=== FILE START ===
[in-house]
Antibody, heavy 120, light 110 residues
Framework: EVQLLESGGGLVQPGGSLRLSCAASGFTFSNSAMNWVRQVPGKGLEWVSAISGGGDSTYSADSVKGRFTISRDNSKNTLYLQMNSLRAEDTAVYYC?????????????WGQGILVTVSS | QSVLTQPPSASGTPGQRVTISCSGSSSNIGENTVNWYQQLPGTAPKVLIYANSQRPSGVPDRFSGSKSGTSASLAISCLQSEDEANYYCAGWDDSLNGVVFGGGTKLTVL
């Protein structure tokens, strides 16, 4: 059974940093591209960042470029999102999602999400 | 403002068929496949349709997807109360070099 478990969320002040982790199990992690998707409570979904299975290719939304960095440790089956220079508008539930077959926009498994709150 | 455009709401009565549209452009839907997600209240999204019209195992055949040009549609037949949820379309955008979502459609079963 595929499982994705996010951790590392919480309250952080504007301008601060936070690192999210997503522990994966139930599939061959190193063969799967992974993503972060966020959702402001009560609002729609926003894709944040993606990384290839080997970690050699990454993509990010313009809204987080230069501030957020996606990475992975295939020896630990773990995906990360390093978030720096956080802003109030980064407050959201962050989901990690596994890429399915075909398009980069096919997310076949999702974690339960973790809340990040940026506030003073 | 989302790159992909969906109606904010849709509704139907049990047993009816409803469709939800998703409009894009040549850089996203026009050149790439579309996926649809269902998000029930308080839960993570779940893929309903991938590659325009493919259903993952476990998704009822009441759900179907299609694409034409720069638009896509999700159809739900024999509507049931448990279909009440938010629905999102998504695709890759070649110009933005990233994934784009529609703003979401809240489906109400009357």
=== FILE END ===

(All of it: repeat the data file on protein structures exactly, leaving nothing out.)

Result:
[in-house]
Antibody, heavy 120, light 110 residues
Framework: EVQLLESGGGLVQPGGSLRLSCAASGFTFSNSAMNWVRQVPGKGLEWVSAISGGGDSTYSADSVKGRFTISRDNSKNTLYLQMNSLRAEDTAVYYC?????????????WGQGILVTVSS | QSVLTQPPSASGTPGQRVTISCSGSSSNIGENTVNWYQQLPGTAPKVLIYANSQRPSGVPDRFSGSKSGTSASLAISCLQSEDEANYYCAGWDDSLNGVVFGGGTKLTVL
């Protein structure tokens, strides 16, 4: 059974940093591209960042470029999102999602999400 | 403002068929496949349709997807109360070099 478990969320002040982790199990992690998707409570979904299975290719939304960095440790089956220079508008539930077959926009498994709150 | 455009709401009565549209452009839907997600209240999204019209195992055949040009549609037949949820379309955008979502459609079963 595929499982994705996010951790590392919480309250952080504007301008601060936070690192999210997503522990994966139930599939061959190193063969799967992974993503972060966020959702402001009560609002729609926003894709944040993606990384290839080997970690050699990454993509990010313009809204987080230069501030957020996606990475992975295939020896630990773990995906990360390093978030720096956080802003109030980064407050959201962050989901990690596994890429399915075909398009980069096919997310076949999702974690339960973790809340990040940026506030003073 | 989302790159992909969906109606904010849709509704139907049990047993009816409803469709939800998703409009894009040549850089996203026009050149790439579309996926649809269902998000029930308080839960993570779940893929309903991938590659325009493919259903993952476990998704009822009441759900179907299609694409034409720069638009896509999700159809739900024999509507049931448990279909009440938010629905999102998504695709890759070649110009933005990233994934784009529609703003979401809240489906109400009357």